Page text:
The axolotl is also one of the few animals that exhibit neoteny, that is, it retains its juvenile characteristics, such as the external gills, which gives the creature its cute looks.
By th1098 (Own work) [CC BY-SA 3.0 (http://creativecommons.org/licenses/by-sa/3.0)], via Wikimedia Commons
But this animal, despite its “smile,” has a lot to be unhappy about. Its only habitat is the canal system of Xochimilco in Mexico, which is what is left from what was an extensive lake and canals that connected most of the Aztec settlements of the Valley of Mexico. These canals, along with artificial islands called chinampas, attract tourists and other city residents who ride on colorful gondola-like boats around the hundred or so miles of canals. This canal and chinampa system, as a vestige of the area’s pre-Hispanic past, has made Xochimilco a World Heritage Site.
Unfortunately the canals are polluted with both garbage and fecal matter, as well as industrial fertilizers. Other problems include the damage by introduced plant and animal species. Carp and tilapia fish, for example, introduced in the 1960s, eat the eggs of the axototl.
The axolotl faces long odds for survival. It seems that only a complete regeneration and clean up of the historic canals will save this animal that is often considered a metaphor for the soul of Mexico.
Information for this post came primarily from an article and blog post from the LA Times and a Scientific American blog post. Note: the axototl is also know as the ajolote.
One of our first posts at Frogs Are Green was about the coqui, a frog native to Puerto Rico, where it exists alongside several other species of Eleutherodactylus frogs and where a biological balance is maintained. It was introduced to Hawaii in the mid- to late 1990s and has no competitors so it has spread unchecked and is considered an invasive species. But our guest author, Sydney Ross Singer, a medical anthropologist, biologist, and author living on the Big Island of Hawaii, would like us to look at this problem from a new perspective. Perhaps this “alien” species should not be rejected and destroyed but welcomed.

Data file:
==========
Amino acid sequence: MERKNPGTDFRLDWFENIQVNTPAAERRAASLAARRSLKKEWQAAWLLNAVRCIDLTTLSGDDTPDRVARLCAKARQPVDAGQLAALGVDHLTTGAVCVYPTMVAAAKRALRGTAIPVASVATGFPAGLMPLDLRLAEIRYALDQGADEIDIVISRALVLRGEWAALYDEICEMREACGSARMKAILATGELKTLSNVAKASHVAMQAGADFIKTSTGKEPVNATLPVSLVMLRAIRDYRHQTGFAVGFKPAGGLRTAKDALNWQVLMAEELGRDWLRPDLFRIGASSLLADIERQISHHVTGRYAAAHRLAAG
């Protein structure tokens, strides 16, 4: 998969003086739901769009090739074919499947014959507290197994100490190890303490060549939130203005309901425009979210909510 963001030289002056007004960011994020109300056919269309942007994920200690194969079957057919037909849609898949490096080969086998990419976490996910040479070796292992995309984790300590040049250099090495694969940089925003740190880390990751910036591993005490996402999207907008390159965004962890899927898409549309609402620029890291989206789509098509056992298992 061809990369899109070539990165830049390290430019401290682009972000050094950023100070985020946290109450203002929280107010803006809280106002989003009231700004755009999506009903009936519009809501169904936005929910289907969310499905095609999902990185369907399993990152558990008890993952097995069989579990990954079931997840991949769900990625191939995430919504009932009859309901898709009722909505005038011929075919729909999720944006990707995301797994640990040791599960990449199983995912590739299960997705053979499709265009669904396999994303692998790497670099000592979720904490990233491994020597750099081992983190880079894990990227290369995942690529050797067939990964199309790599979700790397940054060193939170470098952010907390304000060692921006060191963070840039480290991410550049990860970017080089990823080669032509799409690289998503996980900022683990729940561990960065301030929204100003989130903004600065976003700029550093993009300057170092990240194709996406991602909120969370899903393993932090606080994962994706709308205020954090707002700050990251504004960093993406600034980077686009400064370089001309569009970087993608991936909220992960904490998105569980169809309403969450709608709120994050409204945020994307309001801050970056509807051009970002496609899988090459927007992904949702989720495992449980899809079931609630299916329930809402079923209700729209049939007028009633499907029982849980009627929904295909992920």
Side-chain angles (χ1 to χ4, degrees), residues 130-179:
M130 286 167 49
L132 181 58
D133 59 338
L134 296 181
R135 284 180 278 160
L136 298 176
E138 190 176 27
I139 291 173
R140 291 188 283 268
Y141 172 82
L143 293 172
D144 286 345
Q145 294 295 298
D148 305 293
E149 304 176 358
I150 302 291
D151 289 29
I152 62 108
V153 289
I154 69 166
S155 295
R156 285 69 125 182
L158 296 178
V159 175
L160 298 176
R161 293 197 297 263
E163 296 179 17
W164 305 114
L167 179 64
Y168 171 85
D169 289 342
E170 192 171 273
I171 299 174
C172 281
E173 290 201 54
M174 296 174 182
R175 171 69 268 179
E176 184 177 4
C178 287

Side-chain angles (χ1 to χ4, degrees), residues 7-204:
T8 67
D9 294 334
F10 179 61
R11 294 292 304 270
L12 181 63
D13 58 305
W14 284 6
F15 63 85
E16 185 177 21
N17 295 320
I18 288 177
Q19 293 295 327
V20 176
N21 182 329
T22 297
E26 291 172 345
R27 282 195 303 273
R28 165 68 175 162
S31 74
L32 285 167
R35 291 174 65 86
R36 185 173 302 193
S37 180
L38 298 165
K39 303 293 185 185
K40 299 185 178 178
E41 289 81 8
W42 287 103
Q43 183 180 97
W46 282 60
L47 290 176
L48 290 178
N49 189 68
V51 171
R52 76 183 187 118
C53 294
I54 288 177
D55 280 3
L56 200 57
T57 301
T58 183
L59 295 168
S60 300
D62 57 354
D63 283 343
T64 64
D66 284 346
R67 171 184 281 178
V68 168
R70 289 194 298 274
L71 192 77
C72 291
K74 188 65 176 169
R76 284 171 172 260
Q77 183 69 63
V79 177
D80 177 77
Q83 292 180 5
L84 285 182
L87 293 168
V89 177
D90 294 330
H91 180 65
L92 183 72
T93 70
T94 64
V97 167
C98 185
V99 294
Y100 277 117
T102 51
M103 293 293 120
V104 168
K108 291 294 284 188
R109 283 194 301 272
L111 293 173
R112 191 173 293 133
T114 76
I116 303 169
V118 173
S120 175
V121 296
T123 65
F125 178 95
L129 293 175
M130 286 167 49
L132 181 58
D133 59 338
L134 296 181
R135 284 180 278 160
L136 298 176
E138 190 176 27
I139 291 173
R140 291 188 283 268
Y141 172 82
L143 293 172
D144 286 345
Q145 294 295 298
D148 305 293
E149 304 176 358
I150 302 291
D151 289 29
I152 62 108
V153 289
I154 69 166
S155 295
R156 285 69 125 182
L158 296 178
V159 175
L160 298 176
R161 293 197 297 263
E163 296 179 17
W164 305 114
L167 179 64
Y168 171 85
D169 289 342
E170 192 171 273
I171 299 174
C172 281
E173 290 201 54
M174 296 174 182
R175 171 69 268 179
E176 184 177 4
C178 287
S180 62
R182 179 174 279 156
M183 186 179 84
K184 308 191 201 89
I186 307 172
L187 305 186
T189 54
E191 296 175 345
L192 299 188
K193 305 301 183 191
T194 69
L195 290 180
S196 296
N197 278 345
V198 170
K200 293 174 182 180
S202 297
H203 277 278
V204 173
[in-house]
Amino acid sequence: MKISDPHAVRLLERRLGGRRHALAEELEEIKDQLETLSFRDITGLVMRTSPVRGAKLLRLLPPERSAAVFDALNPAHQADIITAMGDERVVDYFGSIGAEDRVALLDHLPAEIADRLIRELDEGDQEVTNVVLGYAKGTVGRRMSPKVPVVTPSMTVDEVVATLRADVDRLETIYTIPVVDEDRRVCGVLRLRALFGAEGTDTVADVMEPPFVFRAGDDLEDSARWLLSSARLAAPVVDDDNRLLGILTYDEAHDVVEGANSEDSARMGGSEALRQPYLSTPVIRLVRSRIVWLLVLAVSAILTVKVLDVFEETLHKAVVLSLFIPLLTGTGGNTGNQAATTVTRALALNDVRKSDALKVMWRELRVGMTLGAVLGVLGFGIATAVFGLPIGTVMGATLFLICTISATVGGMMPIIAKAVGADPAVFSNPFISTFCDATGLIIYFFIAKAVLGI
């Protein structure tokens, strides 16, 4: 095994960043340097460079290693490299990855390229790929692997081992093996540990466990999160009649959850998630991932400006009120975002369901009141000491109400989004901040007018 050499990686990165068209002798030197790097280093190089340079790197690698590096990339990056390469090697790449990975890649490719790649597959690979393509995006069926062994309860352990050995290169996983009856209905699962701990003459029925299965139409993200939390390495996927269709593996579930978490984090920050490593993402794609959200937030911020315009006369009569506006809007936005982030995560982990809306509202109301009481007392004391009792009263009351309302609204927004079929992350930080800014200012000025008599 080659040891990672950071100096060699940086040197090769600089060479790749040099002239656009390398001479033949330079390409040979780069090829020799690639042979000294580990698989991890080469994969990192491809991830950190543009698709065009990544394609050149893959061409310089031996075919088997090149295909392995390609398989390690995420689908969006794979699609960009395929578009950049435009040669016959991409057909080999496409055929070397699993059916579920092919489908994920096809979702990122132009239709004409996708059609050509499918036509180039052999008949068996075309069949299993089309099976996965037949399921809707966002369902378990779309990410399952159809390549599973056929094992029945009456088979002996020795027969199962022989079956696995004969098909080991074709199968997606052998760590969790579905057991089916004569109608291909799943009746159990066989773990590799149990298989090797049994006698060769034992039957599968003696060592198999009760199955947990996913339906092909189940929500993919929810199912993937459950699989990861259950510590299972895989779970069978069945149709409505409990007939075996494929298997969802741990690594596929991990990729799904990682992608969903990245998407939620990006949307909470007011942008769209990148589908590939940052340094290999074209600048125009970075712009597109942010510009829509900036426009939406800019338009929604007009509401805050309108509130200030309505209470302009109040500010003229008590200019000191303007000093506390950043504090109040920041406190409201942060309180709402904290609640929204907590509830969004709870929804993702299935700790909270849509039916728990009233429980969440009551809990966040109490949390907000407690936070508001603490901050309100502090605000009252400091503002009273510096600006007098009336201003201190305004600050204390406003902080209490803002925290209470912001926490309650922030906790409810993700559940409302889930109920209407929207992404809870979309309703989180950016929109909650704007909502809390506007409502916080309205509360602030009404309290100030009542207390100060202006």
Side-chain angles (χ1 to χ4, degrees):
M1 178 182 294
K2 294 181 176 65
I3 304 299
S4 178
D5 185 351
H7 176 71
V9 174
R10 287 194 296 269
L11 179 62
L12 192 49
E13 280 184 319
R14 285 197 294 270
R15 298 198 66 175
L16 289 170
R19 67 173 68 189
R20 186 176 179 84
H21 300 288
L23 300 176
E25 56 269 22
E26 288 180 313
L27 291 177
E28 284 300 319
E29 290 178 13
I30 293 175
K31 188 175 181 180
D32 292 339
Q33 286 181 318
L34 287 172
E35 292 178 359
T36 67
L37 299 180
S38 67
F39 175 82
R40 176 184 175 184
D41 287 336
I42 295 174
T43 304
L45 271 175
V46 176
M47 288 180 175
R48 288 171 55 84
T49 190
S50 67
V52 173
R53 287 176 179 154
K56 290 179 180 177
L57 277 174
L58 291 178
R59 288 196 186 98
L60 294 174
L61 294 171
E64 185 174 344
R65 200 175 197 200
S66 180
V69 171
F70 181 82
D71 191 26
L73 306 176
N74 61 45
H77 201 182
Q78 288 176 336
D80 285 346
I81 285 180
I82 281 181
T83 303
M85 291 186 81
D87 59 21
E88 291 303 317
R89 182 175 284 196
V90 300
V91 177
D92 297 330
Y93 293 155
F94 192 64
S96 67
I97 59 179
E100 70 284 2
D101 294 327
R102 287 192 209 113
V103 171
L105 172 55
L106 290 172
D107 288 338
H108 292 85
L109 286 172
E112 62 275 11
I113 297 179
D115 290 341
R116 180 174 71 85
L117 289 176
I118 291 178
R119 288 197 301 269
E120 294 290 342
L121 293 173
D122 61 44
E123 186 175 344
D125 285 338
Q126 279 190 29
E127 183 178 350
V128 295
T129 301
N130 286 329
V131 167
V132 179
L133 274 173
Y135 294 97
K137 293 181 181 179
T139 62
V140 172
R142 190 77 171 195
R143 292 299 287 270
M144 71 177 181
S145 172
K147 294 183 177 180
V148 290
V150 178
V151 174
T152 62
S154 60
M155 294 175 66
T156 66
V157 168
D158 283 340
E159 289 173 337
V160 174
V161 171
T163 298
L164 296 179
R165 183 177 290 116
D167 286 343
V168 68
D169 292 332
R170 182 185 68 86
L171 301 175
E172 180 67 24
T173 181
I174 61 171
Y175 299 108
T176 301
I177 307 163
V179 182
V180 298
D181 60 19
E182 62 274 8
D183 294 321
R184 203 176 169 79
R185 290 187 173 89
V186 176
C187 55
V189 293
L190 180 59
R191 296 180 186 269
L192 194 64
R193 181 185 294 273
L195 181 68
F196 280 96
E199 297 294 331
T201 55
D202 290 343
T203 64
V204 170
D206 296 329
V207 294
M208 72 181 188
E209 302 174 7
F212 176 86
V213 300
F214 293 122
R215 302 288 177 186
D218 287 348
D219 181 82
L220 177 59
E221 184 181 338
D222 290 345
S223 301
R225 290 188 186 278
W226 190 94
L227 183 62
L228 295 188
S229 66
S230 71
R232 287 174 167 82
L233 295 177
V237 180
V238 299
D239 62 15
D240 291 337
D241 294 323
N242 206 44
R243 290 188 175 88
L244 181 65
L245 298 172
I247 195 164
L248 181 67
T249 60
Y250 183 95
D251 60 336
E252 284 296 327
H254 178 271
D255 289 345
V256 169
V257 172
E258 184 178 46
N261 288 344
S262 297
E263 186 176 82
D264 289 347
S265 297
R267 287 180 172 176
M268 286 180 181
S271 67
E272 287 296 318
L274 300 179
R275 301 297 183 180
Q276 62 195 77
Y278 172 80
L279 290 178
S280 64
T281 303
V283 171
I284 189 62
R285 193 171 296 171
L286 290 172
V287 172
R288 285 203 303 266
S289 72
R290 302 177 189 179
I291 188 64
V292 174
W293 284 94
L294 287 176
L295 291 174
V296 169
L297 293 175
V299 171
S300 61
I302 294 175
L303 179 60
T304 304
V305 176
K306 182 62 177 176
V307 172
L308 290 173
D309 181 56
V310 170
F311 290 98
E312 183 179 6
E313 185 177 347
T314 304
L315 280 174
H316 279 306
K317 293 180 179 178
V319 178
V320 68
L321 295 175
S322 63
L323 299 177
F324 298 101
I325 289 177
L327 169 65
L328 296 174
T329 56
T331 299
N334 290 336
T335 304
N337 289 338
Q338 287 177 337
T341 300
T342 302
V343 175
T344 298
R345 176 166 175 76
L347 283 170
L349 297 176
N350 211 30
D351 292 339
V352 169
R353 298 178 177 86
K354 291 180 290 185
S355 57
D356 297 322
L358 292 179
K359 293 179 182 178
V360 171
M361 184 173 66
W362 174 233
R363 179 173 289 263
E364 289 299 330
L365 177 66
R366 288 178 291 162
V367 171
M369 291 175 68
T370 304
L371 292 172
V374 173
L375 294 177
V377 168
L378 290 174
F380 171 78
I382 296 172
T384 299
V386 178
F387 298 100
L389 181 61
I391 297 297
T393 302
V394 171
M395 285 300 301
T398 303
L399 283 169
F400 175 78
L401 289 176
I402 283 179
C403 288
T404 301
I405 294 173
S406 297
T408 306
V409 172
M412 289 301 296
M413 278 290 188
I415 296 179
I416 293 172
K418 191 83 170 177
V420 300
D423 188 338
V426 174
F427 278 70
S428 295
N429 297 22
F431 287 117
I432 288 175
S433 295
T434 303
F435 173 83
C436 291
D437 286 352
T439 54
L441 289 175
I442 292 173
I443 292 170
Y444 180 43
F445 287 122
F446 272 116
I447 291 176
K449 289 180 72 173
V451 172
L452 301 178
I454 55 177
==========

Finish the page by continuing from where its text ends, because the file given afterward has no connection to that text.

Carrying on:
Besides being beautiful, fascinating, a source of medicinal substances, and essential for healthy ecosystem function, frogs are canaries in the environmental coal mine. They are sensitive to pollution and climate change. And their numbers are declining at extinction rates.
That’s bad news for the rest of us living in the coal mine. Clearly, we need to change our ways.
But change is difficult for a culture to accept. Until people are dying at the rate of frogs, nothing will alter our bad cultural behaviors.
So the next best thing to do is try saving the frogs. We may not be able to stop pesticide and herbicide use, or end the deforestation and development of wild areas, or stop all the industries and lifestyles that contribute to climate change. But we can catch frogs where they are declining and find new, healthier places for them to live.
We might not have the political and economic clout to stop multinational corporations from exploiting and altering the world’s environments. But we can help refugee species flee the destruction and avoid extinction.
There are places on the planet that can serve as sanctuaries for these refugees. One place, in particular, stands out as one of the best – Hawaii.
If you move frogs from one place to another that already has frogs, the immigrants will compete with the natives, and you can possibly lose native frog populations. Hawaii, however, has no native frogs, or any native reptiles, amphibians, land snakes, or lizards. What better place to introduce frogs? Lots of insect pests to eat, warm and humid conditions, and few predators. If we wanted a sanctuary for endangered and threatened frogs, this is the place.